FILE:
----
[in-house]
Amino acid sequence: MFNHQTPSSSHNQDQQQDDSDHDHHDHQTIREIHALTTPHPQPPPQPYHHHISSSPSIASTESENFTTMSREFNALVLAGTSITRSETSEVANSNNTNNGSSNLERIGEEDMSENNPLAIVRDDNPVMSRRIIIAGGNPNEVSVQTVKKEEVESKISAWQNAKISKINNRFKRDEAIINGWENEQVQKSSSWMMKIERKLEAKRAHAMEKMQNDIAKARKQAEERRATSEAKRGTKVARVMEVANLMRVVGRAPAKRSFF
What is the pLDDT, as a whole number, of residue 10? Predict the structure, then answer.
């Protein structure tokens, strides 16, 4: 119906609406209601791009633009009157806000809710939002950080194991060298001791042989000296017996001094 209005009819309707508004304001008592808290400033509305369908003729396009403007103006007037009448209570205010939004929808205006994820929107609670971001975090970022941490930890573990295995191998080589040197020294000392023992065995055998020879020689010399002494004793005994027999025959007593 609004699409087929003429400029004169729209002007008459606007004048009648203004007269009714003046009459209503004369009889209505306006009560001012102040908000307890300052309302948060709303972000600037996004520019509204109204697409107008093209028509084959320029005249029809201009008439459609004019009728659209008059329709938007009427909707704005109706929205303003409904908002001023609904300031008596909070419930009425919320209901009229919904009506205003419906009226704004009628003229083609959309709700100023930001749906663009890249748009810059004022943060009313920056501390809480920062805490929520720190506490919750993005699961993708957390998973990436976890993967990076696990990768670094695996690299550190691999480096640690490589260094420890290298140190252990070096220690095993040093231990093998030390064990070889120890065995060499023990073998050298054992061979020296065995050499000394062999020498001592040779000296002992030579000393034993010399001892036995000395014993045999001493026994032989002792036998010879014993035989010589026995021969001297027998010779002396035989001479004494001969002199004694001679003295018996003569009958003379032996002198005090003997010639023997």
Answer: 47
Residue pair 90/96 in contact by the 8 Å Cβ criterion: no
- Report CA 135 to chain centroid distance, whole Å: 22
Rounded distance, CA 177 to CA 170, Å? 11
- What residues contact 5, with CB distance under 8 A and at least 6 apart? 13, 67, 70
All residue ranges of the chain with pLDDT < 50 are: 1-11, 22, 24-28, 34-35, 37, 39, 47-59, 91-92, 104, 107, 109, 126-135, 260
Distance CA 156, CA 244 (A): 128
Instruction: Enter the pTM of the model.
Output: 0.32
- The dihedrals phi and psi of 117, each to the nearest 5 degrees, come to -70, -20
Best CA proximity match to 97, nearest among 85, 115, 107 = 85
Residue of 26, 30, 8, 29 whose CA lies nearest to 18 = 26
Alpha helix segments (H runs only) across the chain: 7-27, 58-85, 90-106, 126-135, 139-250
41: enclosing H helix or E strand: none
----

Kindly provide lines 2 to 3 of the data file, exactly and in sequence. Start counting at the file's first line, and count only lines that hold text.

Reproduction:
Amino acid sequence: MFNHQTPSSSHNQDQQQDDSDHDHHDHQTIREIHALTTPHPQPPPQPYHHHISSSPSIASTESENFTTMSREFNALVLAGTSITRSETSEVANSNNTNNGSSNLERIGEEDMSENNPLAIVRDDNPVMSRRIIIAGGNPNEVSVQTVKKEEVESKISAWQNAKISKINNRFKRDEAIINGWENEQVQKSSSWMMKIERKLEAKRAHAMEKMQNDIAKARKQAEERRATSEAKRGTKVARVMEVANLMRVVGRAPAKRSFF
What is the pLDDT, as a whole number, of residue 10? Predict the structure, then answer.